The works of Charles Hudson of the University of Georgia, who spent his summers touring across the region trying to map out de Soto’s route, offer some excellent insight into the man and his expedition. Hudson’s “Knights of Spain, Warriors of the Sun” is an excellent overview of the mission. Hudson teamed up with Milanich to look at the demographic impact of the mission on Florida’s native people in “Hernando de Soto and the Indians of Florida.” David Ewing Duncan’s “Hernando de Soto: A Savage Quest in the Americas” is a readable and accessible biography.
The Spanish attempted in 1559 to launch a colony near what is now Pensacola, led by Tristán de Luna y Arellano, a veteran of exploration efforts in the American Southwest. Plagued by hurricanes and problems getting supplies from Mexico, this expedition also ended in failure.
With the Spanish floundering in their efforts to launch a colony in Florida, the French attempted to plant one along the banks of the Saint Johns River -- the perfect site to harass Spanish treasure ships coming up from Mexico and South America. French Huguenots established La Caroline near present-day Jacksonville in 1564. The colony struggled with mutinies and near-starvation. Reinforcements from France arrived just as the colony was about to head back to Europe -- with the Spanish right on their tails. While the French attempted to attack the Spanish garrison to their south, they were caught in a hurricane and marooned. The Spanish easily took La Caroline and slaughtered many of the captives they encountered when the shipwrecked French surrendered weeks later.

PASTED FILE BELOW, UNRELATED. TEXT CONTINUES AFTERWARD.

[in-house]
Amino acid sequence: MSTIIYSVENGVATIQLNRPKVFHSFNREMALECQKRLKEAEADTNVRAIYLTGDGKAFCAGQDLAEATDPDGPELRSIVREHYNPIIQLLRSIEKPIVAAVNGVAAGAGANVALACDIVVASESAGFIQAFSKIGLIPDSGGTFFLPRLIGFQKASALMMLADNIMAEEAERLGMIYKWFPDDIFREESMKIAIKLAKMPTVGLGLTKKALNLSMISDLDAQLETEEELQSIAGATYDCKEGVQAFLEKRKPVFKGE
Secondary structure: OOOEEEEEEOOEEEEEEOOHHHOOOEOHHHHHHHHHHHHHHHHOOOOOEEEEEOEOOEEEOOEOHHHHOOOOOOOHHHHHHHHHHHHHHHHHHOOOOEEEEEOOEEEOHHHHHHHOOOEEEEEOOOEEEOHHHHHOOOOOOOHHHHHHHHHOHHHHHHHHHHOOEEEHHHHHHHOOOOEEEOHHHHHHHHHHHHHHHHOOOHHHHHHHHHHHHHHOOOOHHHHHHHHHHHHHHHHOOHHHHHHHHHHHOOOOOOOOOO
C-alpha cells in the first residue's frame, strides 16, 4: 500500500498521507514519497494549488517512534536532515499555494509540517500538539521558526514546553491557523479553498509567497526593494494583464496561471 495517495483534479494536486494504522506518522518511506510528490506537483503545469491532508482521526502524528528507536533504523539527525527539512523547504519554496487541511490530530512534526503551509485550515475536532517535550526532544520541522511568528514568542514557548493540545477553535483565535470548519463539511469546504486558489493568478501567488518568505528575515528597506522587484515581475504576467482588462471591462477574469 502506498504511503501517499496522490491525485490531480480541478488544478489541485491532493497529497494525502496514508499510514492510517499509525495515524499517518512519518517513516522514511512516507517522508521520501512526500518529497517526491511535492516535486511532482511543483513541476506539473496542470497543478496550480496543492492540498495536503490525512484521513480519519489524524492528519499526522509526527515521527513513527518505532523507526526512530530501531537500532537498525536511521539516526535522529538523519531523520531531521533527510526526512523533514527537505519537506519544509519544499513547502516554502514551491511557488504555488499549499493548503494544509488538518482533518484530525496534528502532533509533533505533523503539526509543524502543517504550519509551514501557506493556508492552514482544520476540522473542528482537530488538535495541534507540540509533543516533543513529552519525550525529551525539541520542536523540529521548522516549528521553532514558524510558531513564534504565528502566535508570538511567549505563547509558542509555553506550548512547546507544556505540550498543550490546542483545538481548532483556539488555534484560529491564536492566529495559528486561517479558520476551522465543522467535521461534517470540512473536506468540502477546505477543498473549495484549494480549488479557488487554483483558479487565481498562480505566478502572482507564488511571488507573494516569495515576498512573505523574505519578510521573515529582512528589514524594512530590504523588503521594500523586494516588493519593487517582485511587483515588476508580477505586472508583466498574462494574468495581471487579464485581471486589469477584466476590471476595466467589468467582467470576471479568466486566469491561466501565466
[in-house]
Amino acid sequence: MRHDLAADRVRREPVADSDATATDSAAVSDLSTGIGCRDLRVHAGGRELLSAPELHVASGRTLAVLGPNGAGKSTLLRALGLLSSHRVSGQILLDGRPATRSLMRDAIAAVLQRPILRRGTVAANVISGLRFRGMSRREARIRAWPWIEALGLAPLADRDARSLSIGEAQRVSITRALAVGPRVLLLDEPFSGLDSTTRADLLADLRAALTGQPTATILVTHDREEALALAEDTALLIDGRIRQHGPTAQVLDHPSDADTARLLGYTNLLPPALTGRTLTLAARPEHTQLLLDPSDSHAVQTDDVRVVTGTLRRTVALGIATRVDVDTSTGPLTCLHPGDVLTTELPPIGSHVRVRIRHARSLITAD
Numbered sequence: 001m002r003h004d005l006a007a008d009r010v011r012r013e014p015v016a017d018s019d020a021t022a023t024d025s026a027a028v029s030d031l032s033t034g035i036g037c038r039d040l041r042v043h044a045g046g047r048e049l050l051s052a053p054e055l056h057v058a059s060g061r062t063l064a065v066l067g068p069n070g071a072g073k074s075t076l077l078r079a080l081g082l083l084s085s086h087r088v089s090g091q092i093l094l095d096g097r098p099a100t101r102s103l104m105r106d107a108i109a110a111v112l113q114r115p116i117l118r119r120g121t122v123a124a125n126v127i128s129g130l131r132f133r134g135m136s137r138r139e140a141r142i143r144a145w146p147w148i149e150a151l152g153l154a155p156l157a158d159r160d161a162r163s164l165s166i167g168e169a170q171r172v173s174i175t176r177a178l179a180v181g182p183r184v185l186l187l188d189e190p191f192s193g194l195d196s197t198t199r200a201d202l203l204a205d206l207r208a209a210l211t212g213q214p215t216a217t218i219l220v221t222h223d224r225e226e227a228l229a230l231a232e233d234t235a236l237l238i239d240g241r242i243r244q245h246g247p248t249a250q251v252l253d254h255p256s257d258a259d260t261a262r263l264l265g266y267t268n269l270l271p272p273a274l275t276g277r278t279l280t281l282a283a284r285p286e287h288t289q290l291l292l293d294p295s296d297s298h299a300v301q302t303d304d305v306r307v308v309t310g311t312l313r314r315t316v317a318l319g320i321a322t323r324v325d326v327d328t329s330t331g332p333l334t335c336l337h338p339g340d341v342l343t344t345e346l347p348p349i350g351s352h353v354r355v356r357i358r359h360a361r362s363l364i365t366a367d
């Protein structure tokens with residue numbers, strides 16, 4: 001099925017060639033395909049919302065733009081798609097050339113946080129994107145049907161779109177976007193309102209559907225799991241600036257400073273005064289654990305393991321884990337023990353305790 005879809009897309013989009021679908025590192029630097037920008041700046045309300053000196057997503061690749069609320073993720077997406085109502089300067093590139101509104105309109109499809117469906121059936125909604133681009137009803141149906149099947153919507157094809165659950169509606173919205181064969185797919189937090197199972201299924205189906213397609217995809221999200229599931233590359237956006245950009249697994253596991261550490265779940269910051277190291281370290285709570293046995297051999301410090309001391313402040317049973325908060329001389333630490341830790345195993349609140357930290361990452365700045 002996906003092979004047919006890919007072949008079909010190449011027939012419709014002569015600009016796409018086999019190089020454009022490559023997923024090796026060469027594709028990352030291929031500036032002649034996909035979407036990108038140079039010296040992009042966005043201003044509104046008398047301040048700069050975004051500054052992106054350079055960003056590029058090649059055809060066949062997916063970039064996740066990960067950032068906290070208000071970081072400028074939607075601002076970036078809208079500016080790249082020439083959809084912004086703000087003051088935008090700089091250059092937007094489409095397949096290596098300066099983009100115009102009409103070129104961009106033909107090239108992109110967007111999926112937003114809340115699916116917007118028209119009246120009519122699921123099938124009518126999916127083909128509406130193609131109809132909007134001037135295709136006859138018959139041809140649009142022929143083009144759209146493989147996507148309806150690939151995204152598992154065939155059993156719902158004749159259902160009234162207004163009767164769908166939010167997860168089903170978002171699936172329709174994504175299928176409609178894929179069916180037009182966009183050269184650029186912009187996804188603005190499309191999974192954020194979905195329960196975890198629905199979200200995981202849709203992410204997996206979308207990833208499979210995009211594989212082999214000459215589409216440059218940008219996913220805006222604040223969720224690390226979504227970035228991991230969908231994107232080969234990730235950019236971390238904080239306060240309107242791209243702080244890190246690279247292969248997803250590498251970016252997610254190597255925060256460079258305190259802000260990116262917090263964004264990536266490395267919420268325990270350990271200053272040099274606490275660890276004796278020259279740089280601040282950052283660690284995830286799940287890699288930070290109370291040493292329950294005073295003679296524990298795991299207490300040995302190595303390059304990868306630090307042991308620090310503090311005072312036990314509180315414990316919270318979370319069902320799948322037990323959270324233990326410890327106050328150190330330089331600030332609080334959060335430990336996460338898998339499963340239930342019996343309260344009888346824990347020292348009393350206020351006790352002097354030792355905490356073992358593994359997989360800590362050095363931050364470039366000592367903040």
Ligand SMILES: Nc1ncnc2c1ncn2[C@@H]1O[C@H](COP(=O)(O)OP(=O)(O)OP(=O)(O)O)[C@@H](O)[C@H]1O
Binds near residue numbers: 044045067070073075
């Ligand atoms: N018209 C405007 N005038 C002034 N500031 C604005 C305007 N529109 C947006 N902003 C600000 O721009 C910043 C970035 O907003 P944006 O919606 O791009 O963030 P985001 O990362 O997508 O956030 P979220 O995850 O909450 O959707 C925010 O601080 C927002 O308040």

The epic story of the battle between the Spanish and the French for control of Florida and the founding of the nation’s oldest city, St. Augustine, in 1565 can be found in a number of excellent books. “The French in Early Florida: In the Eye of the Hurricane” by John McGrath places the colony in the context of the political and religious turmoil that shaped France during that time. “The Enterprise of Florida: Pedro Menendez de Aviles and the Spanish Conquest of 1565-1568” by Eugene Lyons focuses on the Spanish effort and the key role played by their leader Menendez.
The late U.S. Rep. Charles Bennett offered an interesting take on Rene Laudonniere, the French leader, in “Laudonniere and Fort Caroline.” Bennett also translated Laudonniere’s “Three Voyages.” Miles Harvey focused on Jacques Le Moyne, an artist who was at La Caroline, and left dozens of captivating portrayals of the colony and native life in “Painter in a Savage Land: The Strange Saga of the First European Artist in North America.”
Michael Gannon, the dean of Florida historians, focused on the important role the Catholic Church played in exploring and settling the peninsula in “The Cross in the Sand: The Early Catholic Church in Florida, 1513-1870.” Milanich argues that Franciscan missions helped lead to even greater fatalities among the native people in “Laboring in the Fields of the Lord: Spanish Missions and Southeastern Indians.” Helped by the notes of Francisco Pareja, a Franciscan who published five books of the Timucua language, Julian Granberry complied “A Grammar and Dictionary of the Timucua Language.”
Reach Kevin Derby at email@example.com or at (850) 727-0859.